Hmmm... Jimmy Carter is branded anti-semitic for his alleged views on Israel, yet accusing Nixon of anti-semitism for his use of the word "kike" is "unfair?" That goes beyond the realm of expressing a conservative viewpoint. That's simply a contradiction of logic. --User:PolyPartisan
Gotta say, the idea that antisemitism is "the driving force behind the anti-Iraq War movement" is crap, and to promote that idea here is irresponsible.--WJThomas 14:07, 19 April 2007 (EDT)
- The cites on the page say so. And not just the anti-War movement, the 9/11 Truthers, too. RobS 14:14, 19 April 2007 (EDT)
- Please express a thoughtful and non-sarcastic opinion on the topic, Peter. --Ed Poor 14:29, 19 April 2007 (EDT)
The relevance of Mel Gibson escapes me entirely. Murray 14:24, 19 April 2007 (EDT)
When he was arrested for a DUI he stated that all the wars were caused by Jews. And personally, I'm anti war, but not anti Jew (grandma would kill me). Czolgolz 15:45, 19 April 2007 (EDT)
- It was the timing of Gibson's remarks, coming in the midst of mid-term elections where the Iraq War,Israel's operation Lebanon and the rumors of a strike against Iran were big headlines. Gibson expressed what was on most anti-War protesters minds. RobS 16:16, 19 April 2007 (EDT)
- I remember what he said. But the idea that his thoughts are at all representative of those who oppose the war is ludicrous. Murray 16:18, 19 April 2007 (EDT)
- For the sake of clarity, I'm not trying to claim that nobody who has protested is anti-semitic, or that some organization that has been involved in protesting isn't anti-semitic. Not saying they are either - I have no idea. But the claim that the general basis of opposition to the war is anti-semitism is the equivalent of the VRWC. Murray 16:21, 19 April 2007 (EDT)
- Well, one big problem the anti-War movement has today is well documented in the mainsapce article here--the original persons and organizations that spoke out immediately after 9/11 and in 2003 either pointedly made statements constued as anti-Semitic, or they were interpreted as such. Since that time, a vast "middle" so to speak has joined up with these sentiments, and in many cases not realizing it, or not familiar with the background. Our purpose here is to not lose site of the leadership of the anti-War movement, their stated goals, objectives, and motivations, and to educate people about exactly what the rational is for this dissent from American foreign policy. And most specifically of all, we must not lose sight of the fact this is not limited to the US; it is widespread in Europe and in Islam. The American anti-War movement appears to be a Johnnie-come-lately to this phenomenon. RobS 16:31, 19 April 2007 (EDT)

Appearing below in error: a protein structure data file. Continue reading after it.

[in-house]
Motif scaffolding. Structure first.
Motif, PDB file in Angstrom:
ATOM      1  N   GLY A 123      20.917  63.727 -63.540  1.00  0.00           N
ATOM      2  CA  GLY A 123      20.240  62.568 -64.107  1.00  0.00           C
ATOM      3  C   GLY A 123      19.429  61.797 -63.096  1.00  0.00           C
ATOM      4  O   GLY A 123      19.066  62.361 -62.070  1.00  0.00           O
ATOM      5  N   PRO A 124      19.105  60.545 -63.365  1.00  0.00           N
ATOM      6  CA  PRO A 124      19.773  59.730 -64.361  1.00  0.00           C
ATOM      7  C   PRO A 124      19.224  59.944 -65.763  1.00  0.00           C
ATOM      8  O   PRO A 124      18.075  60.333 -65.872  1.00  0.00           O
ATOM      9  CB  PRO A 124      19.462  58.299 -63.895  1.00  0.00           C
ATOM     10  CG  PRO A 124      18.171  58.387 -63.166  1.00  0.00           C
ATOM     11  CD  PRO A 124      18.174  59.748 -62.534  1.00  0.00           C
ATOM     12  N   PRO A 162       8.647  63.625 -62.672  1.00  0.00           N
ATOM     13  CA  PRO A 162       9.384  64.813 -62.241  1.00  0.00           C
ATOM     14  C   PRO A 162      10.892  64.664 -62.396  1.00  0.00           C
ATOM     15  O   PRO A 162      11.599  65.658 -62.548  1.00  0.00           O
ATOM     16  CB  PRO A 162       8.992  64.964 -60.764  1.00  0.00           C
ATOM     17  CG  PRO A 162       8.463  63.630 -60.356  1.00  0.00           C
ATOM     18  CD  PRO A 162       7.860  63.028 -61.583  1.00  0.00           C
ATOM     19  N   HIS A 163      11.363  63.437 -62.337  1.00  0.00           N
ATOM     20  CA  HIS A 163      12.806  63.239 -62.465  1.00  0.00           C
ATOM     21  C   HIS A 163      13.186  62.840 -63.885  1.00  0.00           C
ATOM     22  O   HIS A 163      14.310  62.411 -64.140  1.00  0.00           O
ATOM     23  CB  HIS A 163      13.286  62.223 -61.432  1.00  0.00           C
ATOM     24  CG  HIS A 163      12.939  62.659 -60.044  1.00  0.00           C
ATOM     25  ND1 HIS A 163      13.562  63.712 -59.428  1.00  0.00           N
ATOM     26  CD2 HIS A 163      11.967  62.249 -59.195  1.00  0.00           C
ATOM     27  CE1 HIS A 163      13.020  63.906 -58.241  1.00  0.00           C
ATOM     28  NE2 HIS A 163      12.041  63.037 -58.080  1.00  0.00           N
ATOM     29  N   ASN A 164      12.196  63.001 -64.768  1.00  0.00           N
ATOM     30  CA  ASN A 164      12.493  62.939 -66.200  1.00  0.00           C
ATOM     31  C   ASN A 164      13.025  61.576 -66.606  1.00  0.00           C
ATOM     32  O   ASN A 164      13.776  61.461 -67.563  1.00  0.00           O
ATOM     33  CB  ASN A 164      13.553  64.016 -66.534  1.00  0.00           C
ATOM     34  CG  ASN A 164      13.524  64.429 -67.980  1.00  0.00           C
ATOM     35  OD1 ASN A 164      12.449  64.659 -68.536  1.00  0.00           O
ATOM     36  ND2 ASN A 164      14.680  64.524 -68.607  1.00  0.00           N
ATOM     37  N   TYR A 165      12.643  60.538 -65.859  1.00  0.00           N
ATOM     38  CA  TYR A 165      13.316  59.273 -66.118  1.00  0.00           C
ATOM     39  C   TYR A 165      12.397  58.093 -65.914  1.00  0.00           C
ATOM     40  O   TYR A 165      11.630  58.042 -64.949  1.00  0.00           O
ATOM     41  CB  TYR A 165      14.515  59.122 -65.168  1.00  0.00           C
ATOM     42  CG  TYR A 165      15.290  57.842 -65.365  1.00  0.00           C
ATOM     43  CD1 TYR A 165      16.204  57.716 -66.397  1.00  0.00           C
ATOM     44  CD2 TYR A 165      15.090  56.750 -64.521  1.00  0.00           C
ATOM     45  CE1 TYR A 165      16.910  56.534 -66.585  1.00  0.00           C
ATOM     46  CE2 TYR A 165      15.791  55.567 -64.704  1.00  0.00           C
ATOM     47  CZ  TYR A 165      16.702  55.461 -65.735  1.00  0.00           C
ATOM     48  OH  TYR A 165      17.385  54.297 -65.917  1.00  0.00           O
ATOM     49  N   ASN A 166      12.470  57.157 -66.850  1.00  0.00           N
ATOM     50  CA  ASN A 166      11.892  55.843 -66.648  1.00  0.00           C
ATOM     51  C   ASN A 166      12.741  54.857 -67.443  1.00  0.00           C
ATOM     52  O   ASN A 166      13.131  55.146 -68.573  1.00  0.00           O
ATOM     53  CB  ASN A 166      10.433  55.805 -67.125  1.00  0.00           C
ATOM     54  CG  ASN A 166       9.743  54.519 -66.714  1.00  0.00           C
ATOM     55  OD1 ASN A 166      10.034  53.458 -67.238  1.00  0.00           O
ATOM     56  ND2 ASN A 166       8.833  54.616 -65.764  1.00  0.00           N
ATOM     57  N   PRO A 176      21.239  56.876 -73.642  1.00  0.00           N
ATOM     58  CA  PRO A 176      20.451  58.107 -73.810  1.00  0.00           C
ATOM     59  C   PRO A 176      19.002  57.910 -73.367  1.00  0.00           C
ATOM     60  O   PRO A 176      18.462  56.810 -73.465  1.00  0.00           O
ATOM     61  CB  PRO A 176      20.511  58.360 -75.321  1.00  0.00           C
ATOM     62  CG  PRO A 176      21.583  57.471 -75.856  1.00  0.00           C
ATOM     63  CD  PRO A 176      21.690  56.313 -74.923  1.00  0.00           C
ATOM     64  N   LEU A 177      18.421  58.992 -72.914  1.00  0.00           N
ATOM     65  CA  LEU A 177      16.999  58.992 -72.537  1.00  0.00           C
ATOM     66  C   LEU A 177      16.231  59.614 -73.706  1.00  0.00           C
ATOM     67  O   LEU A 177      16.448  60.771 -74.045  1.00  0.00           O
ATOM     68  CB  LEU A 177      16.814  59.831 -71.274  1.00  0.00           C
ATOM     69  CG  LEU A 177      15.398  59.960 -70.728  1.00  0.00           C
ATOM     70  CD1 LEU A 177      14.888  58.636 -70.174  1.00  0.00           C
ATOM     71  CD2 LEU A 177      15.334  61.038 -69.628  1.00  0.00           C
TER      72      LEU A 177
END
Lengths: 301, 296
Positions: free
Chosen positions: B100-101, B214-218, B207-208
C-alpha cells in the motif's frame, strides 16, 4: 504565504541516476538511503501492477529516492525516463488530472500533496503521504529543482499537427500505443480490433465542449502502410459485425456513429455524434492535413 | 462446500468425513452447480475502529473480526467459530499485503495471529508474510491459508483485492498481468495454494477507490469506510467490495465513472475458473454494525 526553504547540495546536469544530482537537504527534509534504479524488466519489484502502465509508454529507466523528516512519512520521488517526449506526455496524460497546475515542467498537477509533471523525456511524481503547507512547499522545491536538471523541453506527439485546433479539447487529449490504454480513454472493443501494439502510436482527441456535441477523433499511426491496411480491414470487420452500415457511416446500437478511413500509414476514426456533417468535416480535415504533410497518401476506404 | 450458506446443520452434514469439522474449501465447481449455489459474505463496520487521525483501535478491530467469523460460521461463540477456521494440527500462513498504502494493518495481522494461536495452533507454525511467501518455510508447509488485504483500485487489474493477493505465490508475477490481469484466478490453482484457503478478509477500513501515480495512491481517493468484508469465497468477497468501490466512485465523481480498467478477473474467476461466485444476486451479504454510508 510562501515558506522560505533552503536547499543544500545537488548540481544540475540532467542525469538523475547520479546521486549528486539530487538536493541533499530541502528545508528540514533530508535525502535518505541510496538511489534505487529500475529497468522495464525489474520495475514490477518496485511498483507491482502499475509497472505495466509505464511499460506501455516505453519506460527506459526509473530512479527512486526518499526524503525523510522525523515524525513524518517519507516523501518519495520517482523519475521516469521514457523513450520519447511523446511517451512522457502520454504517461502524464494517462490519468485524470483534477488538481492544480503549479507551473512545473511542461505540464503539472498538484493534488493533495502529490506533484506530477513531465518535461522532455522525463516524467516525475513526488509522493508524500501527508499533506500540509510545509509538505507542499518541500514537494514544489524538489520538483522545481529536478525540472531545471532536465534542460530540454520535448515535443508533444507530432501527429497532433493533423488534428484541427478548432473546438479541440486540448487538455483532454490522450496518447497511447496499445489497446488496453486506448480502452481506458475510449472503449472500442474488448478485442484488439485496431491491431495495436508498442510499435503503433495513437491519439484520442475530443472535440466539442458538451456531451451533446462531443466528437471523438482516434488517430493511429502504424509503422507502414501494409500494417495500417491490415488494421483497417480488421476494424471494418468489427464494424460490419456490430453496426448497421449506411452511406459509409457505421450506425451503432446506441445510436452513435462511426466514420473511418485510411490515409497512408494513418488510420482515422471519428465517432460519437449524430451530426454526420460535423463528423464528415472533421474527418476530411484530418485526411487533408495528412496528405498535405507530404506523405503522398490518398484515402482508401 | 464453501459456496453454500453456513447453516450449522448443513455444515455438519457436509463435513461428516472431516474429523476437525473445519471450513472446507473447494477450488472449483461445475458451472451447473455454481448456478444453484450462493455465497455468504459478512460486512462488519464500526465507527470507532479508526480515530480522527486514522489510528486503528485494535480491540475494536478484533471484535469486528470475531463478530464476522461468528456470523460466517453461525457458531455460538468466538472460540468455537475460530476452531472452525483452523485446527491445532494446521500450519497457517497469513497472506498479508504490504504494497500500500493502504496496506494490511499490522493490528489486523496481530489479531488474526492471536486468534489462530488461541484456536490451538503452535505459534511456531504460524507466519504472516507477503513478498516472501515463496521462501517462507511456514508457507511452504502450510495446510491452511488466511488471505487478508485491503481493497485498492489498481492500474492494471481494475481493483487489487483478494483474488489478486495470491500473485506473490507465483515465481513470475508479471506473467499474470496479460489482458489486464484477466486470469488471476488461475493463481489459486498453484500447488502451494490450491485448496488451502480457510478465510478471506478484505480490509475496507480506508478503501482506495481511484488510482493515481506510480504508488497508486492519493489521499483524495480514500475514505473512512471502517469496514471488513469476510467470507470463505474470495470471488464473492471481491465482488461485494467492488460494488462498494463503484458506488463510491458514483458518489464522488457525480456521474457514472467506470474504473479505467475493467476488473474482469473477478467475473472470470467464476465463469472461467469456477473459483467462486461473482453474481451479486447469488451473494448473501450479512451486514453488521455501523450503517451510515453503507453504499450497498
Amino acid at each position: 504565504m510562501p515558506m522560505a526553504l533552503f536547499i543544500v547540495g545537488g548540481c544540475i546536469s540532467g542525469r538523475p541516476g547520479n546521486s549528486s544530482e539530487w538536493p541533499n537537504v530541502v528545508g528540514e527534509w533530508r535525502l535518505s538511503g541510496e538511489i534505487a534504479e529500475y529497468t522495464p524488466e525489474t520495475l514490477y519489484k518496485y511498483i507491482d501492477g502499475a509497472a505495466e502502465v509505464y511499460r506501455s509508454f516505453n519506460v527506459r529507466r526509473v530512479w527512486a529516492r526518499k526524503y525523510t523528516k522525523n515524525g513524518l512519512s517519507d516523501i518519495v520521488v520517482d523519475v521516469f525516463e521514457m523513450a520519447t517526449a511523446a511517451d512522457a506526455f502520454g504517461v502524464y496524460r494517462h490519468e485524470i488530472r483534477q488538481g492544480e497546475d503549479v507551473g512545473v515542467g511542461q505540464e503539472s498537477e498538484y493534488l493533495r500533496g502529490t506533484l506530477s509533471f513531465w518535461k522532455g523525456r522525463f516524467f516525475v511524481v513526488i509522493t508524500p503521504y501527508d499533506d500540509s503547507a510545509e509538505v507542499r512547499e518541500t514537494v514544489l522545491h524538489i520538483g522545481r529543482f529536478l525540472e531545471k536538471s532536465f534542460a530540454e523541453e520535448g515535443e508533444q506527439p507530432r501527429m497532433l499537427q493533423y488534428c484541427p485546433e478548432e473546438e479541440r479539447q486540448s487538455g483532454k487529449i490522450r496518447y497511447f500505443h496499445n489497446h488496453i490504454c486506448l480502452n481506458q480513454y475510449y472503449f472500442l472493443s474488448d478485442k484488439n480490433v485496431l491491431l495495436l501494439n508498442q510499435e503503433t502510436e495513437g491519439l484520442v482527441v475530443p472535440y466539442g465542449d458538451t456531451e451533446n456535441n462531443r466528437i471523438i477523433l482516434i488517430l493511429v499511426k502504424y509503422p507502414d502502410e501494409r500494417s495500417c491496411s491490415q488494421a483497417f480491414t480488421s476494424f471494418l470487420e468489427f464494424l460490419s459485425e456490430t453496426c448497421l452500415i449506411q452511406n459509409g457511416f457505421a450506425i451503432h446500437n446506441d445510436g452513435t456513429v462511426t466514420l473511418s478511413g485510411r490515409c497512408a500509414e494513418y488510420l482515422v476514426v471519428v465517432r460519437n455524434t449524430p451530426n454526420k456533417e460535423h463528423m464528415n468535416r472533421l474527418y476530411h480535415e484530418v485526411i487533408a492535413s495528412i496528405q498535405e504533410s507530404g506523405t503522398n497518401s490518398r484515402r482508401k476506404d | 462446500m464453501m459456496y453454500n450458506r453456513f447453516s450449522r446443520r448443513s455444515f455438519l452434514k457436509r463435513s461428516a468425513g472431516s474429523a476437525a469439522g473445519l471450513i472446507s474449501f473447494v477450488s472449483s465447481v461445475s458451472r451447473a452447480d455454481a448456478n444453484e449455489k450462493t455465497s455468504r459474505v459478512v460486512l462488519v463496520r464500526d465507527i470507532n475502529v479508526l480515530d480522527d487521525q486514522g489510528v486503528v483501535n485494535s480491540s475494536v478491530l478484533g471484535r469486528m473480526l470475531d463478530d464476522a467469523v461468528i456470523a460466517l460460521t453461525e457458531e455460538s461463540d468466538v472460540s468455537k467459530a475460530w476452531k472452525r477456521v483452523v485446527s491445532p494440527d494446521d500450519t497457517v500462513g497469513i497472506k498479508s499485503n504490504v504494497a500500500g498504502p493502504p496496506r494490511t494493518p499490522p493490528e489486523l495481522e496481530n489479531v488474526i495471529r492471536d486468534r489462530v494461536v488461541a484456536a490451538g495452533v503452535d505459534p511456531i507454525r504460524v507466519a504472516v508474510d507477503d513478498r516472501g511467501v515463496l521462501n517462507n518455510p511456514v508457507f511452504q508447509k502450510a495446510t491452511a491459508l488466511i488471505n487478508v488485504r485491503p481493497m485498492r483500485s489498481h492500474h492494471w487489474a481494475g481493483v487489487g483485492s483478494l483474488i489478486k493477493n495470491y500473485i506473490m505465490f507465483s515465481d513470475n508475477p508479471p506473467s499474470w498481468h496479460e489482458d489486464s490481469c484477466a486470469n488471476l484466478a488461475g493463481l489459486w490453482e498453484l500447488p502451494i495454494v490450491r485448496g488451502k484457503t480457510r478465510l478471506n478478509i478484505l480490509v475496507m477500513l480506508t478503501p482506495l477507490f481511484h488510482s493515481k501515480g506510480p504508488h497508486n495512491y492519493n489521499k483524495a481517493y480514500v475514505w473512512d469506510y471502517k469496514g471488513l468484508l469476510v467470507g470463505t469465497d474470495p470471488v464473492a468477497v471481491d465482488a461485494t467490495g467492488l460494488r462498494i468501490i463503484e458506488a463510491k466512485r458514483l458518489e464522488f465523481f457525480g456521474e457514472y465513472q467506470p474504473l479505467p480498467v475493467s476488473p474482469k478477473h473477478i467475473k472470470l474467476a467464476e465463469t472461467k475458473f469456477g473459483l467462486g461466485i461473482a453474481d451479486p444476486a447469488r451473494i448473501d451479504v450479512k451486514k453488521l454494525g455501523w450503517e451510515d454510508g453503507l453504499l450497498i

Israel and the Iraq War
Cut from article:
- Some supporters of the anti-Iraq War movement have been accused of anti-Semitism, including a group known as ANSWER-Act Now to Stop War and End Racism, one of the first organizations formed to protest the policies of the Bush administration.  
Could someone be more specific as to who this group of "Revisionist Jews" are ath the time of Christ? RobS 20:12, 23 May 2007 (EDT)
I take issue with this term, mainly because the word "Semite" in pre-20th century history traditionally referred to one who speaks a Semitic language, which is a very large umbrella of languages and in turn defines many different peoples/nations (e.g., Morocco, Algeria, Egypt, Libya, Jordan, Iraq, Israel, Ethiopia, and others). When referring specifically to hatred of Jews, it would be more accurate to use the term "Anti-Judaism."
It would also be well to note that the term was coined by Wilhelm Marr, a German journalist, in 1873. By using the term "anti-Semite," Marr was simply looking for a more polite term to replace the simpler adjective, "Jew-hater." I am still researching my sources, but would like permission to make these edits. Thanks.
Also, does this line (near the end) read correctly?
"Chavez traveled to Venezuela  to appear with Venezuelan dictator, Hugo Chavez to denounce U.S. foreign policy which she blames as responsible for the death of her son." ps1107
- Rubbish. Firstly, it was actually Moritz Steinschneider who "coined" the phrase, in 1860. Marr used the phrase in 1879 in his book "The Way to Victory of Germanicism over Judaism" not to be polite, but to lend his race-hate work with an air of scientific credibility, linking it to the pseudo-science of Heinrich von Treitschke and his tracts on the racial superority of "Aryans" over the "Semitic" - another pseudo-scientific term - race, which, in his use, consisted solely of Jews. The words themselves are neologisms, which have never been used in ANY other context. Your "issue" with the term is foundless. File:User Fox.png Fox (talk|contribs) 09:23, 23 June 2007 (EDT)
- Agreed, it is pseudo-scientific; however, why use a term in this day and age which is more or less incorrect? I won't say anything after this. ps1107
Why does the term "mainstream media" link to the article on "media bias"? Besides being hugely ironic, it's certainly not encyclopedic to just brush off "mainstream media" (which includes channels like Fox News, and anchors like John Stossel, btw) as being biased; plus, the media bias article doesn't actually say anthing about mainstream media! Jazzman831 23:32, 30 June 2007 (EDT)
I appreciate the clarification of my Pat Buchanan entry. Did William F. Buckley call Buchanan an antisemite because of his opposition to the original Iraq War? and what of JDL's criticism of Buchanan. Is it appropriate or spurious? Is Hugo Chavez a noted antisemite? (federalist12)
- "The 'Answer' Question Poses Difficult Choices for Liberals" by Gal Beckerman, The Forward, September 30, 2005.
- Authoritarianism and Anti-Semitism in the Anti-War Movement?. Tikkun, May/June 2003. Link is to page on the Internet Archive, archived Oct 19, 2004.